Examining Spread Of HIV In African Border Towns

Ruzanna Harutyunyan's picture
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IRIN/PlusNews recently examined how some long-distance truck drivers in parts of East Africa -- including Kenya, Rwanda and Uganda -- will have relationships with women in border towns and typically not use condoms during sex, putting them at an increased risk of HIV/AIDS. Brian Atuhire -- site coordinator for a Family Health International HIV program in Katuna, Uganda -- said truckers do not view these women as commercial sex workers, making it difficult to encourage condom use.

"If it is a sex worker who they meet in a bar and pay for sex once, then the truckers know they should use a condom -- to them that's obvious," Atuhire said, adding that the "challenge comes with these so-called 'wives' or 'girlfriends,'" who usually are supported financially by the truck drivers. The men "feel more of a connection" and "believe [the women] are cleaner, so they don't bother with condoms for these women," Atuhire said.

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According to voluntary counseling and testing records at the largest health center in the Ugandan border town of Katuna, the town has an HIV/AIDS prevalence of 11% -- higher than the national average of 6.4%. According to a prenatal clinic survey conducted in 2007, the town of Gatuna on the Rwandan side of the border has an HIV/AIDS prevalence of more than 6%, which almost is double the national average, according to IRIN/PlusNews. In an effort to address the issue, FHI is reaching out to low-income commercial sex workers, providing them with skills training in agriculture, commerce and information technology.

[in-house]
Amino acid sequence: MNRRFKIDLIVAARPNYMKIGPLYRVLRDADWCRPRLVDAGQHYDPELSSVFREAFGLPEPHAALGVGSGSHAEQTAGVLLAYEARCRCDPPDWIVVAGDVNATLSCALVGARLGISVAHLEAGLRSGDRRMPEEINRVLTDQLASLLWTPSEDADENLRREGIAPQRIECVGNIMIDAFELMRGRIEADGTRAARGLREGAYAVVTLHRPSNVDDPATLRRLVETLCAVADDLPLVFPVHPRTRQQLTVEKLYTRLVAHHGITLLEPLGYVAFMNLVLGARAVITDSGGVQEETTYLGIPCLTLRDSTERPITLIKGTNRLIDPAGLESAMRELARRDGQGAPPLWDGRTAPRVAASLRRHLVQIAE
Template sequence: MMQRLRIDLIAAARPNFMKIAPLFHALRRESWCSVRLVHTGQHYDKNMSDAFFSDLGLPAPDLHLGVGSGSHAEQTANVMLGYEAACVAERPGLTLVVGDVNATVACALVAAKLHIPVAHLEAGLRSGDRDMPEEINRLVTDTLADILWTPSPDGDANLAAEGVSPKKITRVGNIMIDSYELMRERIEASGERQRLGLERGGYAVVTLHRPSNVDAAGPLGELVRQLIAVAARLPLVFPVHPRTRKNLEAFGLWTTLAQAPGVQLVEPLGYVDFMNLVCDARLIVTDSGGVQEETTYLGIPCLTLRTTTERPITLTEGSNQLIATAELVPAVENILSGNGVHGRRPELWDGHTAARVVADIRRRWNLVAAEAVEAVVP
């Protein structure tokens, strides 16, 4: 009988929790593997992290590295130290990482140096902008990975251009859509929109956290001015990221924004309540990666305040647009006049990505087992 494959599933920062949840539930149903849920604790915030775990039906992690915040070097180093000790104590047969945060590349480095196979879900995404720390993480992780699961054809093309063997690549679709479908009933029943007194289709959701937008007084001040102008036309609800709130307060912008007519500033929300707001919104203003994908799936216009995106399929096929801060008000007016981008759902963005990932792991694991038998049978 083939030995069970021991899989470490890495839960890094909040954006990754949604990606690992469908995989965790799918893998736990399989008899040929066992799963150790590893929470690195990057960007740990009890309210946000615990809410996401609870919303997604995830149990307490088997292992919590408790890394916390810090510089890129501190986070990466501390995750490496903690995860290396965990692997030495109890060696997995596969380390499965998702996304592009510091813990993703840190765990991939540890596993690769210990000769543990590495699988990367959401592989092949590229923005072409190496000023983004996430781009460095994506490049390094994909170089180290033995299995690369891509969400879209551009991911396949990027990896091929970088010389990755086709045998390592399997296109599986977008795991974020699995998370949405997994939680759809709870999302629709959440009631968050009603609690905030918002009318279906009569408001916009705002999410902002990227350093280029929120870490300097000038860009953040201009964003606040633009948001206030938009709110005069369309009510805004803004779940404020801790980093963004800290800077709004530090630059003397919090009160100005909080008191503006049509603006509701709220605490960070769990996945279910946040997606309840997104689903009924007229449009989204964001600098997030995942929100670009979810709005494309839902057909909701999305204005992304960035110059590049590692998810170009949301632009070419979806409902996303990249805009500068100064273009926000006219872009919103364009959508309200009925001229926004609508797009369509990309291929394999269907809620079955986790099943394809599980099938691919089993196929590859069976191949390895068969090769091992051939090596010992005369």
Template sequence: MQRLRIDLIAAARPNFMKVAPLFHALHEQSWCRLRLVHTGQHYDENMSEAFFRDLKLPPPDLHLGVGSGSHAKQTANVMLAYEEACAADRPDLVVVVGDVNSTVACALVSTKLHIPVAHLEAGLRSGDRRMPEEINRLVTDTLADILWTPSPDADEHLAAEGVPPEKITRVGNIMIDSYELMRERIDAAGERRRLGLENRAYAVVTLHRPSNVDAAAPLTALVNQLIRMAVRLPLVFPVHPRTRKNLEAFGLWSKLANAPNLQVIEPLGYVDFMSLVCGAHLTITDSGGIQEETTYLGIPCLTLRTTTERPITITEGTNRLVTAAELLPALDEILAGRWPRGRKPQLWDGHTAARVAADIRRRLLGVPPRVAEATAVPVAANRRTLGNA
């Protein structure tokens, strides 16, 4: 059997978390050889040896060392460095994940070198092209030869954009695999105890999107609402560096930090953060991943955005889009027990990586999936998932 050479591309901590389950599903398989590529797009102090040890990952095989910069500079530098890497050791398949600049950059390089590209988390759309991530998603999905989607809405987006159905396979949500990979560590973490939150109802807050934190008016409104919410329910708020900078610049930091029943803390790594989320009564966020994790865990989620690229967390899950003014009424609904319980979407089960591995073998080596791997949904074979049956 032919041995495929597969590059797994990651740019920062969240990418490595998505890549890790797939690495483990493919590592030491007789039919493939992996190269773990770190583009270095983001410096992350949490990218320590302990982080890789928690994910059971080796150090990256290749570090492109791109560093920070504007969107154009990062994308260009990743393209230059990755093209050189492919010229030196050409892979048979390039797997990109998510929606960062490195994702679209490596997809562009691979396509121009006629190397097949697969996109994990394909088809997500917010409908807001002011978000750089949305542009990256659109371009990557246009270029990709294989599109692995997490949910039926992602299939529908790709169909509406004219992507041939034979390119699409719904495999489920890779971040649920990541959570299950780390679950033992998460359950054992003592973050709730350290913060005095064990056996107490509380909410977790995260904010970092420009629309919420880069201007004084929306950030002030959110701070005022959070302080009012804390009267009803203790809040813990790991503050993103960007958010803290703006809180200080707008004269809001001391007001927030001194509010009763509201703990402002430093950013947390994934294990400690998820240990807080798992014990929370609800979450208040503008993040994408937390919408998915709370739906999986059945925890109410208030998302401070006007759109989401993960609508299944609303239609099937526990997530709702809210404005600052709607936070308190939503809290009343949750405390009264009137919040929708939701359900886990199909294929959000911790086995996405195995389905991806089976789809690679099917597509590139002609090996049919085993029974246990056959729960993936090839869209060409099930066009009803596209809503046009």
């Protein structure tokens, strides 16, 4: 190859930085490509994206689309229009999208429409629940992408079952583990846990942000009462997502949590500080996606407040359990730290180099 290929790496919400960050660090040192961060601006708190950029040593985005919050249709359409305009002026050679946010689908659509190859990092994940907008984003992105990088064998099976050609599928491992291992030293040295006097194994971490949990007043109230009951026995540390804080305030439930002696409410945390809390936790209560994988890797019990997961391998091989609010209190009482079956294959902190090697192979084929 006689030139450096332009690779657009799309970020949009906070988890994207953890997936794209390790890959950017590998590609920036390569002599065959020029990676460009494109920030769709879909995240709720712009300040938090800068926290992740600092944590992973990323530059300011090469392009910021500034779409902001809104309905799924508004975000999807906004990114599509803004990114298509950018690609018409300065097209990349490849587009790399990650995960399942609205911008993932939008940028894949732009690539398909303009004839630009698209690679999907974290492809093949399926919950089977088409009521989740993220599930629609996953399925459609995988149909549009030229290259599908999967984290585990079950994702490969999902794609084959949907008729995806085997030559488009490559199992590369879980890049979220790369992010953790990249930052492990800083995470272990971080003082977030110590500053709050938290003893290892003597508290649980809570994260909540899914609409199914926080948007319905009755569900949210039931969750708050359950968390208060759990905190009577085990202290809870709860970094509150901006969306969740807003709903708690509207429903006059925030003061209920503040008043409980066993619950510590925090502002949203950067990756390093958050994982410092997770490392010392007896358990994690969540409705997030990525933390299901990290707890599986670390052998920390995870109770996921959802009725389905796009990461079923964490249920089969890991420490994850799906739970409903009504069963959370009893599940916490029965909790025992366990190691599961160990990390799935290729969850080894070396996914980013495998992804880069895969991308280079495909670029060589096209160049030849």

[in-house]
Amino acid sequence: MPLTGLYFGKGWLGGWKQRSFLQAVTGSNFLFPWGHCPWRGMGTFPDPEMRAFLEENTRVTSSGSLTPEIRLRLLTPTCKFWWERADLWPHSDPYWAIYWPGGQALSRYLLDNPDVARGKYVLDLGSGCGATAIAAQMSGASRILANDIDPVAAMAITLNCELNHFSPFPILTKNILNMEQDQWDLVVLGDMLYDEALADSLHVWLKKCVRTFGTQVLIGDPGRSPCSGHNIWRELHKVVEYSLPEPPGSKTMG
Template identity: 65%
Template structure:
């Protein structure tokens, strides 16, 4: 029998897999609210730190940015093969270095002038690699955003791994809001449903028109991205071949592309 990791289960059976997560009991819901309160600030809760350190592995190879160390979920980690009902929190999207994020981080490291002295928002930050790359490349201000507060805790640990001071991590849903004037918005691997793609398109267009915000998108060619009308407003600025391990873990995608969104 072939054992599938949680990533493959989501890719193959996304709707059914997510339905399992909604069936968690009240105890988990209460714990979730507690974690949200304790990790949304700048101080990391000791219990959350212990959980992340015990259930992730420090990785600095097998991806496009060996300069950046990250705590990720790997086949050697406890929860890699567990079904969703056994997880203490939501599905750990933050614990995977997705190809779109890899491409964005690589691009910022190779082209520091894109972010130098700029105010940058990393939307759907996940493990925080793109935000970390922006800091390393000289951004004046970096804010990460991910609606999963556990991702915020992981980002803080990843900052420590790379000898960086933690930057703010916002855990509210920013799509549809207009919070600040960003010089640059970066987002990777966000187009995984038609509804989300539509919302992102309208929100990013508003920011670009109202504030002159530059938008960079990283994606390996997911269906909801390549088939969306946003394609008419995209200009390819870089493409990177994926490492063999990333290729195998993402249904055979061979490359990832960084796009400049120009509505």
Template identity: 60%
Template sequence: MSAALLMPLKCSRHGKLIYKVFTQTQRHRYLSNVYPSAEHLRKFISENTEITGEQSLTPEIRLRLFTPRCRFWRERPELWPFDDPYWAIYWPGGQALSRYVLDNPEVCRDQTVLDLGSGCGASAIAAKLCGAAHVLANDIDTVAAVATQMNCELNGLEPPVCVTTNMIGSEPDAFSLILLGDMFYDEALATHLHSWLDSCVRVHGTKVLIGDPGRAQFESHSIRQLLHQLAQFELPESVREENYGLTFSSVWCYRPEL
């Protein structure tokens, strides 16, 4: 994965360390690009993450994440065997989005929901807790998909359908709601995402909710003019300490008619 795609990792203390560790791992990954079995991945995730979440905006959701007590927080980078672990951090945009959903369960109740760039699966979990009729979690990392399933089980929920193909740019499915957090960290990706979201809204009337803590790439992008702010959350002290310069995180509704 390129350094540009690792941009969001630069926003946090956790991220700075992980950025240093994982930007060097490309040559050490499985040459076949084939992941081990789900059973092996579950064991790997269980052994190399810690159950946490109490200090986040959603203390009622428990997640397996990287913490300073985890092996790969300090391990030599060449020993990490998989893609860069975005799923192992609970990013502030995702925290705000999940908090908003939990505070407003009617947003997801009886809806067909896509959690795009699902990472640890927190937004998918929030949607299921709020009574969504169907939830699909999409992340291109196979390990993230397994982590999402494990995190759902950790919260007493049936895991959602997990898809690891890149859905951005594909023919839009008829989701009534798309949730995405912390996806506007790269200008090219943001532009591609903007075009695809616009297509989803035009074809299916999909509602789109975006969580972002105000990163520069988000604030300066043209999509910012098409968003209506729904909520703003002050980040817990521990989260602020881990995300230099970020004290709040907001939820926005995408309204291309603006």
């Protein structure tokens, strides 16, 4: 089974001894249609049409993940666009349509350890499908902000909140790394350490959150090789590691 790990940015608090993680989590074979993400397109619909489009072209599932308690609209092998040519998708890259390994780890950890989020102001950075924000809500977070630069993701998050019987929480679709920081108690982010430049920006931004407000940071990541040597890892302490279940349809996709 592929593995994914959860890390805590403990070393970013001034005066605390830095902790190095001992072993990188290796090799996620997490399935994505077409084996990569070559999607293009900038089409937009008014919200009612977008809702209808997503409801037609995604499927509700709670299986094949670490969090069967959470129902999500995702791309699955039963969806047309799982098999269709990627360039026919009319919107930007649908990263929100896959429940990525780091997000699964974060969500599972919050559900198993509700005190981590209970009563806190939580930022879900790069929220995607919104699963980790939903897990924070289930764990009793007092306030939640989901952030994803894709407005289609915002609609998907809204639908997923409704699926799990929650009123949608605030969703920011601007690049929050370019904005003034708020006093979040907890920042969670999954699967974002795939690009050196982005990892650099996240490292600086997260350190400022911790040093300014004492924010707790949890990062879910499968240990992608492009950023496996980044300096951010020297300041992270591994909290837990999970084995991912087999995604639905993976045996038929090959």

Atuhire said that competing with the truck drivers -- who give the women as much as $100 per visit -- is a challenge, as is providing information on safer-sex practices to the truck drivers. "After a while the message is routine -- the truckers have heard it all before and know everything they need to know," Atuhire said, adding that the organization "emphasize[s] that they must always use condoms with all their sexual partners, and hopefully the messages will eventually get through" (IRIN/PlusNews, 10/15).

Reprinted with permission from kaisernetwork.org. You can view the entire Kaiser Daily HIV/AIDS Report, search the archives, and sign up for email delivery at kaisernetwork.org/email . The Kaiser Daily HIV/AIDS Report is published for kaisernetwork.org, a free service of The Henry J. Kaiser Family Foundation. © 2007 Advisory Board Company and Kaiser Family Foundation. All rights reserved.

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